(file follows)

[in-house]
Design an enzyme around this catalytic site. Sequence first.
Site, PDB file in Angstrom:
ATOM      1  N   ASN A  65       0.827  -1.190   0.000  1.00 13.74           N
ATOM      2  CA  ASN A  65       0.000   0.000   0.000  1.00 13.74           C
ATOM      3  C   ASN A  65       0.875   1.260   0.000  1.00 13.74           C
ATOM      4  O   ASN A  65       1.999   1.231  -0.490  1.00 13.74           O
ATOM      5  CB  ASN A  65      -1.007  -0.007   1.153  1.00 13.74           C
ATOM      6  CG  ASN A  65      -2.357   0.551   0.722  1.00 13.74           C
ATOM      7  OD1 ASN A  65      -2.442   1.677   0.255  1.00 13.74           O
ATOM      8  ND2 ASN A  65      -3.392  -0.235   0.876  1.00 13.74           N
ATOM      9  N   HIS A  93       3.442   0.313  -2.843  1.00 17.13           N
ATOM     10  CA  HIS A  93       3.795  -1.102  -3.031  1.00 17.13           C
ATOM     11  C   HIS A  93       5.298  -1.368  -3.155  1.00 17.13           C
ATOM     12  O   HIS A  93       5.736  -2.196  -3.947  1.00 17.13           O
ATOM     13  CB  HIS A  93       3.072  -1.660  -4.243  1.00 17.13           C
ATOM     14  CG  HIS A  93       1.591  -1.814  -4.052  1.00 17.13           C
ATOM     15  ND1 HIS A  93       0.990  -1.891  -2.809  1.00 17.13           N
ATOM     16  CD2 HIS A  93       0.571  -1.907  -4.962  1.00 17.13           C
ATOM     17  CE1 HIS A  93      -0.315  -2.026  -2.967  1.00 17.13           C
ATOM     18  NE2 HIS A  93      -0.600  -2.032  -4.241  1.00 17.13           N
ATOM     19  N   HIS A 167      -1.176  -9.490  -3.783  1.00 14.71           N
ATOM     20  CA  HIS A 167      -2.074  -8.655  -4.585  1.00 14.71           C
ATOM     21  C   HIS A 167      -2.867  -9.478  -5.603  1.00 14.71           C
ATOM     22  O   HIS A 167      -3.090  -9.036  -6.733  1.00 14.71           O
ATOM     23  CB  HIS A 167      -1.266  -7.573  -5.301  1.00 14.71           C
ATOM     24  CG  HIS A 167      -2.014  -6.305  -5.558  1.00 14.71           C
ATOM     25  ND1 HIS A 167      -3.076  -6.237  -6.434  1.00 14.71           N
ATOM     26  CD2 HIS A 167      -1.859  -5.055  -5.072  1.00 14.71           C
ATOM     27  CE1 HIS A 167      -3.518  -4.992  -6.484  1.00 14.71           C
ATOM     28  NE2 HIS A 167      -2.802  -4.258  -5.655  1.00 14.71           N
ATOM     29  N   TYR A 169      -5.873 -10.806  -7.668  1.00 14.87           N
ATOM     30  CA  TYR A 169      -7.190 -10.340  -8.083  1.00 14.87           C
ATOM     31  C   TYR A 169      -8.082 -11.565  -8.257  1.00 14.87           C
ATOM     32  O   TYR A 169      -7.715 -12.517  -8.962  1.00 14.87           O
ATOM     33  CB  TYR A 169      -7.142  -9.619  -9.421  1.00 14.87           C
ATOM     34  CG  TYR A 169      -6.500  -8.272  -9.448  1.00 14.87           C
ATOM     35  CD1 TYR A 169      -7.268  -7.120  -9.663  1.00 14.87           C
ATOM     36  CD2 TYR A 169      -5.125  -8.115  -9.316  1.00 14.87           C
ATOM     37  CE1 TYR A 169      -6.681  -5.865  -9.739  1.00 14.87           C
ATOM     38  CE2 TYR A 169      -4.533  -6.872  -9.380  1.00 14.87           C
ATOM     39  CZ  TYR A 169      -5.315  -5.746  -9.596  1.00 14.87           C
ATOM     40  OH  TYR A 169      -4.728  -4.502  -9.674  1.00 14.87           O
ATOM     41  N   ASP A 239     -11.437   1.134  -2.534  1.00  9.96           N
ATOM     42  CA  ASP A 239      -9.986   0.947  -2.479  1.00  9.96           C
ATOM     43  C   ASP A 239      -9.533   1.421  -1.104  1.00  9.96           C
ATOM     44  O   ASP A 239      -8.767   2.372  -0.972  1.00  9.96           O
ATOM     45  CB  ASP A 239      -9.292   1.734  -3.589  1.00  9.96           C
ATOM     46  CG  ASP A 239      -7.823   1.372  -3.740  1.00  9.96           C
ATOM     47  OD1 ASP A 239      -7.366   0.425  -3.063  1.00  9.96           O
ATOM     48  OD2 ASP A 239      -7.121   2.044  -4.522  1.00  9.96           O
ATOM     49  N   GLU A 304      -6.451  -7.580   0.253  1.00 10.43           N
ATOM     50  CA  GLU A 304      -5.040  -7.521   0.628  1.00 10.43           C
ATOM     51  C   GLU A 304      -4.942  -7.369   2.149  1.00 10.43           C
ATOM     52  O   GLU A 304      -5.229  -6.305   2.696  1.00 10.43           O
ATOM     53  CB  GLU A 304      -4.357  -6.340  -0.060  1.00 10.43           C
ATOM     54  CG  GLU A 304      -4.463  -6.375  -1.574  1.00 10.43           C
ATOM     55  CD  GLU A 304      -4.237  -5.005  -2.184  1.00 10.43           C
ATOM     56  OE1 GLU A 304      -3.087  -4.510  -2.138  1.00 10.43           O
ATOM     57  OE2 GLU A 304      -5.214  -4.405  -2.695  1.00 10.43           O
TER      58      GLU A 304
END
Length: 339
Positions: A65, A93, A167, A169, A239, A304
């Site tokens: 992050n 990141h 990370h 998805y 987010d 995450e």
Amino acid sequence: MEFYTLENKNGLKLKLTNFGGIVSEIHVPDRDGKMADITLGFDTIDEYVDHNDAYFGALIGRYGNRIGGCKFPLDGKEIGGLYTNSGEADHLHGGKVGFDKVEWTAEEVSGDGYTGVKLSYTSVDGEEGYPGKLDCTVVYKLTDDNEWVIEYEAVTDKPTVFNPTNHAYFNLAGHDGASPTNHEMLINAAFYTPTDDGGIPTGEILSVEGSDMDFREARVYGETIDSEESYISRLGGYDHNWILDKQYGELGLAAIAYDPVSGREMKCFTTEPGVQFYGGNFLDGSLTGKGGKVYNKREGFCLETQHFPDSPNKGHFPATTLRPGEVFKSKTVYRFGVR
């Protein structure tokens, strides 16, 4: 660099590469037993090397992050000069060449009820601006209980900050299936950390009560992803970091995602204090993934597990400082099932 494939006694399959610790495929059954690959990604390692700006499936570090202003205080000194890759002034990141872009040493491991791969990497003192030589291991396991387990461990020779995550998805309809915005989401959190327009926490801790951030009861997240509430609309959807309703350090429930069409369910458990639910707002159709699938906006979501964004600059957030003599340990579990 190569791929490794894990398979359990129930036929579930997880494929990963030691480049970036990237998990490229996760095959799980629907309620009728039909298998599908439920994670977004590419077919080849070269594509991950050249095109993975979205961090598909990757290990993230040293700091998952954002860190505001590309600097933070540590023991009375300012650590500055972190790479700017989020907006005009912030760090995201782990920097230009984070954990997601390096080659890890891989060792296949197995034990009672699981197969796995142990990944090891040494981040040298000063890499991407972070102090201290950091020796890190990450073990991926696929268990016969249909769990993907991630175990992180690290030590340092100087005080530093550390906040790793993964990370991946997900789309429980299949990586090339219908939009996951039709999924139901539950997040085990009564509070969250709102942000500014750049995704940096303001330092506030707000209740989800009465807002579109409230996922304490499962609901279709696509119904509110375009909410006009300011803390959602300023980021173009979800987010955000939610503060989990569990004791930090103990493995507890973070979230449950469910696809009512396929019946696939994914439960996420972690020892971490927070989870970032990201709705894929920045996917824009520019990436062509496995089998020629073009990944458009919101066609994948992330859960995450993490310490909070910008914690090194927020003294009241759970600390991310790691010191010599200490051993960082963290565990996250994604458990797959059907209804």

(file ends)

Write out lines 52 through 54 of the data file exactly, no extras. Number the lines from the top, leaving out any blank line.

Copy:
ATOM     49  N   GLU A 304      -6.451  -7.580   0.253  1.00 10.43           N
ATOM     50  CA  GLU A 304      -5.040  -7.521   0.628  1.00 10.43           C
ATOM     51  C   GLU A 304      -4.942  -7.369   2.149  1.00 10.43           C